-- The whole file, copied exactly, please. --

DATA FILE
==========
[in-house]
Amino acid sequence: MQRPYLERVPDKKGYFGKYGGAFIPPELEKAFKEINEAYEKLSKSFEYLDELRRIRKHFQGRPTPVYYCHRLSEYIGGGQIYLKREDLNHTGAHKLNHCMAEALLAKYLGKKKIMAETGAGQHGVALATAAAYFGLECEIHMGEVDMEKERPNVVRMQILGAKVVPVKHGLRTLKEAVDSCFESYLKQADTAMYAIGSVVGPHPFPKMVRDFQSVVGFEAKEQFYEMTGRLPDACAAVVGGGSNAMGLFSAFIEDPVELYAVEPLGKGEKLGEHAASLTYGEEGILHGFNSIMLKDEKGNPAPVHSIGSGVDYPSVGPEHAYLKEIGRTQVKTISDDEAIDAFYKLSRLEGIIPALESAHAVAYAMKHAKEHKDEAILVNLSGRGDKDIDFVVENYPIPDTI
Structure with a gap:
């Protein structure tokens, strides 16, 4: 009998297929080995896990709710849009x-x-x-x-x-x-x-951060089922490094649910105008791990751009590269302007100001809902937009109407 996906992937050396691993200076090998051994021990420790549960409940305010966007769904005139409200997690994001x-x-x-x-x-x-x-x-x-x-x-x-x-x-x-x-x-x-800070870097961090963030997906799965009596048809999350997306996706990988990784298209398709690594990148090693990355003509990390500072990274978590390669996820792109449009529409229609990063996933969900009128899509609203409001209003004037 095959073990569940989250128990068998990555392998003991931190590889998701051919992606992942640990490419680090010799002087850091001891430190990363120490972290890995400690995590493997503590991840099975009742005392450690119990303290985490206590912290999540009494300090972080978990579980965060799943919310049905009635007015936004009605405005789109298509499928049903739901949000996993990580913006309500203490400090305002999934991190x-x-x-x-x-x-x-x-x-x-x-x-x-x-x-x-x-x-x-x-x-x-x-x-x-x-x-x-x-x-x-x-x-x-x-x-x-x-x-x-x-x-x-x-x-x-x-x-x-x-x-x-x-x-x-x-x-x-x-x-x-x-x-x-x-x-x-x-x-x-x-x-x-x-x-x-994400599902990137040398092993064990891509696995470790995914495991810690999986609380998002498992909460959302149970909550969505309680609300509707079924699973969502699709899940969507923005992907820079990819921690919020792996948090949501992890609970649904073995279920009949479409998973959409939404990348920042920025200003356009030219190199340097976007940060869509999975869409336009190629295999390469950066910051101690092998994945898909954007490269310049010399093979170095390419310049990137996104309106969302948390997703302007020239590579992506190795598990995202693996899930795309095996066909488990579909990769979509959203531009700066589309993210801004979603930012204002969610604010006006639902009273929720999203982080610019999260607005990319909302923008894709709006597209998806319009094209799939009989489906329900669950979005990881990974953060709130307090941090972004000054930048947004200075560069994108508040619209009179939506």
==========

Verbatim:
[in-house]
Amino acid sequence: MQRPYLERVPDKKGYFGKYGGAFIPPELEKAFKEINEAYEKLSKSFEYLDELRRIRKHFQGRPTPVYYCHRLSEYIGGGQIYLKREDLNHTGAHKLNHCMAEALLAKYLGKKKIMAETGAGQHGVALATAAAYFGLECEIHMGEVDMEKERPNVVRMQILGAKVVPVKHGLRTLKEAVDSCFESYLKQADTAMYAIGSVVGPHPFPKMVRDFQSVVGFEAKEQFYEMTGRLPDACAAVVGGGSNAMGLFSAFIEDPVELYAVEPLGKGEKLGEHAASLTYGEEGILHGFNSIMLKDEKGNPAPVHSIGSGVDYPSVGPEHAYLKEIGRTQVKTISDDEAIDAFYKLSRLEGIIPALESAHAVAYAMKHAKEHKDEAILVNLSGRGDKDIDFVVENYPIPDTI
Structure with a gap:
């Protein structure tokens, strides 16, 4: 009998297929080995896990709710849009x-x-x-x-x-x-x-951060089922490094649910105008791990751009590269302007100001809902937009109407 996906992937050396691993200076090998051994021990420790549960409940305010966007769904005139409200997690994001x-x-x-x-x-x-x-x-x-x-x-x-x-x-x-x-x-x-800070870097961090963030997906799965009596048809999350997306996706990988990784298209398709690594990148090693990355003509990390500072990274978590390669996820792109449009529409229609990063996933969900009128899509609203409001209003004037 095959073990569940989250128990068998990555392998003991931190590889998701051919992606992942640990490419680090010799002087850091001891430190990363120490972290890995400690995590493997503590991840099975009742005392450690119990303290985490206590912290999540009494300090972080978990579980965060799943919310049905009635007015936004009605405005789109298509499928049903739901949000996993990580913006309500203490400090305002999934991190x-x-x-x-x-x-x-x-x-x-x-x-x-x-x-x-x-x-x-x-x-x-x-x-x-x-x-x-x-x-x-x-x-x-x-x-x-x-x-x-x-x-x-x-x-x-x-x-x-x-x-x-x-x-x-x-x-x-x-x-x-x-x-x-x-x-x-x-x-x-x-x-x-x-x-x-994400599902990137040398092993064990891509696995470790995914495991810690999986609380998002498992909460959302149970909550969505309680609300509707079924699973969502699709899940969507923005992907820079990819921690919020792996948090949501992890609970649904073995279920009949479409998973959409939404990348920042920025200003356009030219190199340097976007940060869509999975869409336009190629295999390469950066910051101690092998994945898909954007490269310049010399093979170095390419310049990137996104309106969302948390997703302007020239590579992506190795598990995202693996899930795309095996066909488990579909990769979509959203531009700066589309993210801004979603930012204002969610604010006006639902009273929720999203982080610019999260607005990319909302923008894709709006597209998806319009094209799939009989489906329900669950979005990881990974953060709130307090941090972004000054930048947004200075560069994108508040619209009179939506």